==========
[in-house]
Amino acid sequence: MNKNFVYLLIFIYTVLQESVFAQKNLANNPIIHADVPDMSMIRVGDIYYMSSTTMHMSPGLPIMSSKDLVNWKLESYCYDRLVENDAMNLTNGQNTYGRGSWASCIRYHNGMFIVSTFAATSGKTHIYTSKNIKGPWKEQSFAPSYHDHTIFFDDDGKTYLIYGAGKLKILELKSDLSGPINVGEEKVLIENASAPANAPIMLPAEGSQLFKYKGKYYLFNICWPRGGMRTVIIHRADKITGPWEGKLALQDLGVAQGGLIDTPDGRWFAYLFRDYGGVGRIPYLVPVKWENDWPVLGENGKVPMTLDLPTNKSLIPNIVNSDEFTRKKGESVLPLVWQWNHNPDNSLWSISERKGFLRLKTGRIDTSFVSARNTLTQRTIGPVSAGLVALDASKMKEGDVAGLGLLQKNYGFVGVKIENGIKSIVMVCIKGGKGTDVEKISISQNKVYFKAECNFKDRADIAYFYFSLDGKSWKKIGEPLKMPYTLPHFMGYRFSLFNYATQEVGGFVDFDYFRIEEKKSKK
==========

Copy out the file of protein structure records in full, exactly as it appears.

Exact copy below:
[in-house]
Amino acid sequence: MNKNFVYLLIFIYTVLQESVFAQKNLANNPIIHADVPDMSMIRVGDIYYMSSTTMHMSPGLPIMSSKDLVNWKLESYCYDRLVENDAMNLTNGQNTYGRGSWASCIRYHNGMFIVSTFAATSGKTHIYTSKNIKGPWKEQSFAPSYHDHTIFFDDDGKTYLIYGAGKLKILELKSDLSGPINVGEEKVLIENASAPANAPIMLPAEGSQLFKYKGKYYLFNICWPRGGMRTVIIHRADKITGPWEGKLALQDLGVAQGGLIDTPDGRWFAYLFRDYGGVGRIPYLVPVKWENDWPVLGENGKVPMTLDLPTNKSLIPNIVNSDEFTRKKGESVLPLVWQWNHNPDNSLWSISERKGFLRLKTGRIDTSFVSARNTLTQRTIGPVSAGLVALDASKMKEGDVAGLGLLQKNYGFVGVKIENGIKSIVMVCIKGGKGTDVEKISISQNKVYFKAECNFKDRADIAYFYFSLDGKSWKKIGEPLKMPYTLPHFMGYRFSLFNYATQEVGGFVDFDYFRIEEKKSKK